How did artists like Norman Rockwell, Austin Briggs, Jon Whitcomb, and others create the believable unique faces that can tell a whole story by themselves? In a magazine cover, like those by Rockwell and Stevan Dohanos, the image, with its setting and, most of all, its characters, must convey an anecdote without any help from words. So each face must be carefully crafted to do its part in creating the drama⸺or comedy.
In How I Make a Picture by Al Parker, he wrote about his creative process for magazine story assignments. The artist’s first step was to read the manuscript while keeping the target audience in mind. As characters entered into the tale, he jotted down their descriptions – hair color, eyes, age, type of clothing, disposition, etc. He also searched the narrative for a passage that would catch the reader’s attention; he termed this the “stopper”. Parker’s final tip on successful illustrations was understanding the mood of the piece. Is it romantic, humorous, suspenseful, or tragic?
If you want to observe an artist at work, a good place to start is with his or her sketchbooks. Here are ideas, techniques, observations, memories – all the underpinnings of the finished work. Often the contents are so free and spontaneous that they draw us in, wanting and needing nothing more than these simple lines on paper.
The Society of Fellows at the Rockwell Center for American Visual Studies announces a seminal conference:
LOCATION: Washington University, St. Louis, Missouri,
DATE: March 21-23, 2019
CONVENED BY: The Rockwell Center for American Visual Studies at the Norman Rockwell Museum, Stockbridge, Massachusetts, and the D. B. Dowd Modern Graphic History Library at Washington University in St. Louis, Missouri.
Contributed by: Marisa Losciale
Fred Seibert is a name that may not be automatically recognized (although it should), but the companies Seibert has worked for and the projects he has approved are well-known by people of all ages, all over the world. The PowerPuff Girls, Dexter’s Laboratory, Cow and Chicken and Adventure Time are a few of the many iconic cartoons green-lit by Seibert. On the evening of March 11, Seibert held an interview and Q&A at the Norman Rockwell Museum in Stockbridge, Massachusetts discussing his career and how he got to be such a success.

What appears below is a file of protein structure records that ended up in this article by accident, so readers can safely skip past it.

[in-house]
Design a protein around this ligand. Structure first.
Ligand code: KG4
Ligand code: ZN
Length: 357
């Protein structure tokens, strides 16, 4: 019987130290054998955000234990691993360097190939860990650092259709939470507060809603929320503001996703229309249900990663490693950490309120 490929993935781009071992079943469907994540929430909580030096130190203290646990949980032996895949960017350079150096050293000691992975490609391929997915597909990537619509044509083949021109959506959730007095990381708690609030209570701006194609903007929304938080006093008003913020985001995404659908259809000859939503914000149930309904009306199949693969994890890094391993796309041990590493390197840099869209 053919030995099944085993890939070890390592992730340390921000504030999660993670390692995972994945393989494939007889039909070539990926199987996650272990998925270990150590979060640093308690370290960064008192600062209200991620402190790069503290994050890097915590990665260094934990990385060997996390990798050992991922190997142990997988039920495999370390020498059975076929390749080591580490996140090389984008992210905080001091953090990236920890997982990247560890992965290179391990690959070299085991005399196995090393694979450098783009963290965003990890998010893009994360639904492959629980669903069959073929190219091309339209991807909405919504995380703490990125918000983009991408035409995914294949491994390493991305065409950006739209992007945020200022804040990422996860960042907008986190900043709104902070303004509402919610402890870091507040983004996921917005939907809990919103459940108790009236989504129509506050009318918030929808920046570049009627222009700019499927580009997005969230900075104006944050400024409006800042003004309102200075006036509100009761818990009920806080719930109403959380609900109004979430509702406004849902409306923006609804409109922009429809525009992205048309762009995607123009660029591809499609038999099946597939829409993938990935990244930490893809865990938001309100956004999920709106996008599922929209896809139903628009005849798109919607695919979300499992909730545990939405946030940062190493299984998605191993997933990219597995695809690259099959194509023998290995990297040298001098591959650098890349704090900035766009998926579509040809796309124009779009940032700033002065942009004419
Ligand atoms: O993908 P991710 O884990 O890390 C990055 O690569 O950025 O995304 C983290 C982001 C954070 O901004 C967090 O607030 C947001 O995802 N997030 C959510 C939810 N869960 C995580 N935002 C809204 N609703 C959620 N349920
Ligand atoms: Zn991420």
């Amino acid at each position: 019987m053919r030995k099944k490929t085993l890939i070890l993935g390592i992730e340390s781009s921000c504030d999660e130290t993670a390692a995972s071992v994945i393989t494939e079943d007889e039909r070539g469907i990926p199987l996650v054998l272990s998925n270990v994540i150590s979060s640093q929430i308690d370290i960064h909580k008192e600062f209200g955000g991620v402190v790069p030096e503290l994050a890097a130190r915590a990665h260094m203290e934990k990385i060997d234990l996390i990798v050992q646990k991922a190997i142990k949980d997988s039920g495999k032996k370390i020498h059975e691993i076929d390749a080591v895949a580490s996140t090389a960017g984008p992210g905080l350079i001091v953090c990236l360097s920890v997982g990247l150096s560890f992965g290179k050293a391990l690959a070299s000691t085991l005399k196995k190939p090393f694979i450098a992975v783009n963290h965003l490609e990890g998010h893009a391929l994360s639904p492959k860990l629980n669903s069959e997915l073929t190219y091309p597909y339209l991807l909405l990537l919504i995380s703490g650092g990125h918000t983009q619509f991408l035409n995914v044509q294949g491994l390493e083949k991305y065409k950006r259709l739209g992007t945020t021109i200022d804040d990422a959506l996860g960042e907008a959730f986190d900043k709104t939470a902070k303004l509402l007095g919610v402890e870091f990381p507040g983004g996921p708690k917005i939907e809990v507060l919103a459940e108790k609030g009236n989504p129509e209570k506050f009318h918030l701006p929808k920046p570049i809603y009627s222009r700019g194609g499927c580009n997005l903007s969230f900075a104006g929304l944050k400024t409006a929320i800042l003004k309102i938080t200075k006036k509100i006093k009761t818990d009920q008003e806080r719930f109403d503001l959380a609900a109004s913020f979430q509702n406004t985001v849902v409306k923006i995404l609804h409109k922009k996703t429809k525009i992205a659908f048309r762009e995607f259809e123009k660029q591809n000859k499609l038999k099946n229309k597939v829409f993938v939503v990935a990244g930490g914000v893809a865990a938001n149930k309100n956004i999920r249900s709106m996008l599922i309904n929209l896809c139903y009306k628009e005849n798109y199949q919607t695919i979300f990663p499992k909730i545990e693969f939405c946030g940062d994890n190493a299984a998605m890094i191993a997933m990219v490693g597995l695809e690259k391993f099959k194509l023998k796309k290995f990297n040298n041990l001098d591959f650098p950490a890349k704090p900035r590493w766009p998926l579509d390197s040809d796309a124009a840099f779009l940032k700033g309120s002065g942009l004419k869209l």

2011 Rockwell Center Scholar, Michael Lobel Awarded the 28th Annual Eldredge Prize for His Book John Sloan: Drawing on Illustration
The Smithsonian American Art Museum has awarded the Charles C. Eldredge Prize for Distinguished Scholarship in American Art to Michael Lobel for his book John Sloan: Drawing on Illustration (Yale University Press, 2014). The jurors cited the meticulous research and exceptionally high quality of prose of the book. Sloan’s early work in illustration has frequently
Photo of Joyce K. Schiller, inaugural curator of the Rockwell Center for American Visual Studies, Norman Rockwell Museum. Norman Rockwell Museum is sad to learn and report of the passing of Joyce. K. Schiller, the Museum's first curator of the Rockwell Center for American Visual Studies. Schiller was a passionate and consummate scholar of